We are still stuck with the issue of defining what is "reasonable force". What I think it "reasonable" the tories may think is "grossly disproportionate". That is where the problem lies.
The law clearly needs to be changed to identify what sort of force is allowed to be used in:
- Defending yourself
- Defending your home
- Defending others.
The current system is fraught with confusion as it is a matter of judgement as to what is "reasonable".
The CPS may have issued "guidance", but that is insufficient. We need clarity. Such clarity needs a public debate.
Roman Law is interesting and clear.
For example in table 12:
12. A person committing burglary in the night may be lawfully killed.
13. A thief in the daytime may not be killed unless he carried a weapon . . . .
Personally I would feel that is beyond "reasonable force". However, we do need some definition of what is "reasonable force". I believe the French rule is that if a burglar uses violence then they do so at the risk of their own life. Now that is something which perhaps is a "reasonable" position. I have tried to rummage out the French position on the web (my French is passable) without any luck.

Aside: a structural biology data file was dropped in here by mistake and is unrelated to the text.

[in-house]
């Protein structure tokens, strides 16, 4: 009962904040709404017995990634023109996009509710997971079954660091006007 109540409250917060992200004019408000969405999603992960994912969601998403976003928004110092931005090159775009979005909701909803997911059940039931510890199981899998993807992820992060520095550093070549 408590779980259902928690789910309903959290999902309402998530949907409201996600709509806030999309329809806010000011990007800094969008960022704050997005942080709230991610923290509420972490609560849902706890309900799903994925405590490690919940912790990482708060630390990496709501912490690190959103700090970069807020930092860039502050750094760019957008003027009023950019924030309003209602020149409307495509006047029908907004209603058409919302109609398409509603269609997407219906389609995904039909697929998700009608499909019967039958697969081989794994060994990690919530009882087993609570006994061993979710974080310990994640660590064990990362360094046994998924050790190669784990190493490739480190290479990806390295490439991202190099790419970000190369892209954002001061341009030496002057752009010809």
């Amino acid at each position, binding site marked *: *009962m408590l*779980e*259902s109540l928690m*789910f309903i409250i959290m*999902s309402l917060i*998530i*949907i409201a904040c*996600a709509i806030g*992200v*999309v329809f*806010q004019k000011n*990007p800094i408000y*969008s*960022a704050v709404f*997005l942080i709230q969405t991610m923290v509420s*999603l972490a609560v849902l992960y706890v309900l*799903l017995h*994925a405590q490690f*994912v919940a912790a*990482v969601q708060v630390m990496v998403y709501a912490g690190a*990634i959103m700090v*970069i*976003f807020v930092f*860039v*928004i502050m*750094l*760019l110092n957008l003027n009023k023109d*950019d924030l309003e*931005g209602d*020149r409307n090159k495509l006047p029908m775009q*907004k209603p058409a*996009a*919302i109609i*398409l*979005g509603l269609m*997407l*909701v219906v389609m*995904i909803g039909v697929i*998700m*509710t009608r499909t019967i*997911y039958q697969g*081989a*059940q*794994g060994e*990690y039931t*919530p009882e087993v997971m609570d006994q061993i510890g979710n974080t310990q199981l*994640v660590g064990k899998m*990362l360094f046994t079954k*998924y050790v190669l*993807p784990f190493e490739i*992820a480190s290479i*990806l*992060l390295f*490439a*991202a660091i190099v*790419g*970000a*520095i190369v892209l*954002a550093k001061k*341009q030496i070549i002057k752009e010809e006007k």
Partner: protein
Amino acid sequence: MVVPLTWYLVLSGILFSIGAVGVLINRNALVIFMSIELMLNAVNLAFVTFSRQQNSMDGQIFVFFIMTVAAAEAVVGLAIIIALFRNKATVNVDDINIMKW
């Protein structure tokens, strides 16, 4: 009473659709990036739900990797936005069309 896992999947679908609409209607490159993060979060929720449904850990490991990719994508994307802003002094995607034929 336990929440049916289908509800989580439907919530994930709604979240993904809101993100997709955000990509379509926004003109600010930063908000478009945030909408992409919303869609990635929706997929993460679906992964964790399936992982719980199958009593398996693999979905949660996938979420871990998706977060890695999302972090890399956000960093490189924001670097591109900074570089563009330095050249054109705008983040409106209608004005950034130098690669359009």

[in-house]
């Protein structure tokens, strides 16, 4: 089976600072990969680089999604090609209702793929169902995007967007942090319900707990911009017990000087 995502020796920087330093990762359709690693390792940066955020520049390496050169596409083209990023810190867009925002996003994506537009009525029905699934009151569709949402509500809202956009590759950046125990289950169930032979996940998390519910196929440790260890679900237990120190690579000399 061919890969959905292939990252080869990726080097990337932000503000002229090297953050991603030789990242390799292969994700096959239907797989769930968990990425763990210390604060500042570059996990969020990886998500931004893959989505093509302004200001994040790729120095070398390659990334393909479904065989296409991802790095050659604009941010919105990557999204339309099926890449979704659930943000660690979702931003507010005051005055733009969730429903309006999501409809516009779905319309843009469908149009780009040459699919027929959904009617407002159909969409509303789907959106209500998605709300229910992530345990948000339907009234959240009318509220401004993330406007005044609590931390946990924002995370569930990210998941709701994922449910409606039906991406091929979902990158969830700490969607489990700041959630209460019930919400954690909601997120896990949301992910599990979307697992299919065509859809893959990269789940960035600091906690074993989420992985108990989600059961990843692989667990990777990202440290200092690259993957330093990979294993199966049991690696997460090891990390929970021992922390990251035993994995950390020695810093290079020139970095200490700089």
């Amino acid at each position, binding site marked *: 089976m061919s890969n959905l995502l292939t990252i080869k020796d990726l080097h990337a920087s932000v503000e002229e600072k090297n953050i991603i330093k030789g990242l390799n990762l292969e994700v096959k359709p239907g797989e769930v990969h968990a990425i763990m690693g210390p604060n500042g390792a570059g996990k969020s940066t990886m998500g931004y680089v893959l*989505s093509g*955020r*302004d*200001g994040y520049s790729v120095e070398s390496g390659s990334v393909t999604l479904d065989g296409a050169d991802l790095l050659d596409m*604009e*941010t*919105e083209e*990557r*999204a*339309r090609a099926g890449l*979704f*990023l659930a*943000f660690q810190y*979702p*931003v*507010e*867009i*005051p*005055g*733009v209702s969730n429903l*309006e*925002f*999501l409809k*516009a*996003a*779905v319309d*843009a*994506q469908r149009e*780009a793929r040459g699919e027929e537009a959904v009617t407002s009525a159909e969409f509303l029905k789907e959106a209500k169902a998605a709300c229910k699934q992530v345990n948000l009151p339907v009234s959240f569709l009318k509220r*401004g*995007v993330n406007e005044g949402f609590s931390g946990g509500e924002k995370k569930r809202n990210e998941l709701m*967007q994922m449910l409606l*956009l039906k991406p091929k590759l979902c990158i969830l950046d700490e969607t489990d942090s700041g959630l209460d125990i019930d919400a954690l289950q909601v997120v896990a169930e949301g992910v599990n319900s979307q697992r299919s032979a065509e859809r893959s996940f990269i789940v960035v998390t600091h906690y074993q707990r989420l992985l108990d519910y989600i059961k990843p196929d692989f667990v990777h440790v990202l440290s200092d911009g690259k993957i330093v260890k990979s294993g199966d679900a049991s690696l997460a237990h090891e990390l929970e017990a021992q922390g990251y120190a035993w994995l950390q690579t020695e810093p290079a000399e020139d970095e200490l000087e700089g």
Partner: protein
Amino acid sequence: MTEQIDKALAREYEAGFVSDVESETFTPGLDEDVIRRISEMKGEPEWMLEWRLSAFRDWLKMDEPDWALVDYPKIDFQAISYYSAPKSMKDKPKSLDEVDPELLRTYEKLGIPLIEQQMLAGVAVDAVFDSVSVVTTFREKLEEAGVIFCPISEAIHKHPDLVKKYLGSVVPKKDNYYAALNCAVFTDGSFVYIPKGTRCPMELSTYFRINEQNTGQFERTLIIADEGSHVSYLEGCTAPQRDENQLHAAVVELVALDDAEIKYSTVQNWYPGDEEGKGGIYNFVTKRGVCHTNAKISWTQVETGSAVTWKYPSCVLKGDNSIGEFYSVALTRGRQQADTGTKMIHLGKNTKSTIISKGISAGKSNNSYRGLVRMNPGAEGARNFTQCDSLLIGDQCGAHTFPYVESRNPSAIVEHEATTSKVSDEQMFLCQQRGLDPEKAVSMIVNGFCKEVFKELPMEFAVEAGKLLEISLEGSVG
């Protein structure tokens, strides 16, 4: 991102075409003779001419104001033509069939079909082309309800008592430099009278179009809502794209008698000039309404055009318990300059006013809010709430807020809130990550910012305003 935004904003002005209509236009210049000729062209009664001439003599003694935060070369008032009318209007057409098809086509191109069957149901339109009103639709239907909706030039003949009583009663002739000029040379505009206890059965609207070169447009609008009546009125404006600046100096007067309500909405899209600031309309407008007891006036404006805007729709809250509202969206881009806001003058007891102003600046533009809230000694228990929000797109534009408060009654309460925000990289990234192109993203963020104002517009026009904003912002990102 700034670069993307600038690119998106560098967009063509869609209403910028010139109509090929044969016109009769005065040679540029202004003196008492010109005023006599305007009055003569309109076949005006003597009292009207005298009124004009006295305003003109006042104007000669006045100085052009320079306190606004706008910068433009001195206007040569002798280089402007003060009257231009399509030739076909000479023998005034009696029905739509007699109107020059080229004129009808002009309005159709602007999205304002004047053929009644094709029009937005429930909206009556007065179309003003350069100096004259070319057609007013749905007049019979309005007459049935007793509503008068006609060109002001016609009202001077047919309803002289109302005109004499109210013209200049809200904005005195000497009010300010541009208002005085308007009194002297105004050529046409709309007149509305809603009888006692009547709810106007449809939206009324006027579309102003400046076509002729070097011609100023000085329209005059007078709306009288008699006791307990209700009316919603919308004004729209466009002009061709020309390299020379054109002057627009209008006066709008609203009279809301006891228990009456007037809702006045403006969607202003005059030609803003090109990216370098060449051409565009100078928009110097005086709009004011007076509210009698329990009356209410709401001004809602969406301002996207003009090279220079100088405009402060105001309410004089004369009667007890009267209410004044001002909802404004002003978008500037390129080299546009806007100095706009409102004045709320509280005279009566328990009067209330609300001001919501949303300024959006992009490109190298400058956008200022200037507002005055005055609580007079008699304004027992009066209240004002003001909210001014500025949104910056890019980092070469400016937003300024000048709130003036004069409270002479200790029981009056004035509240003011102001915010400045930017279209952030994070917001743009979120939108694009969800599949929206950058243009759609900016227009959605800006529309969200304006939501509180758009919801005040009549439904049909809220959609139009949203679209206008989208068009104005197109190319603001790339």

This gives a better analysis of the Twelve tables. This includes the following phrase:
"The laws of France and Italy excuse the homicide of an intruder who commits burglary or theft with violence. (Code Pénal de France, III, II, Arts. 322, 329.) (Codice Penale, II, III, Art. 376.)"
I have not been able to check the validity of that phrase, but it seems that it gives a start in resolving this dilemma.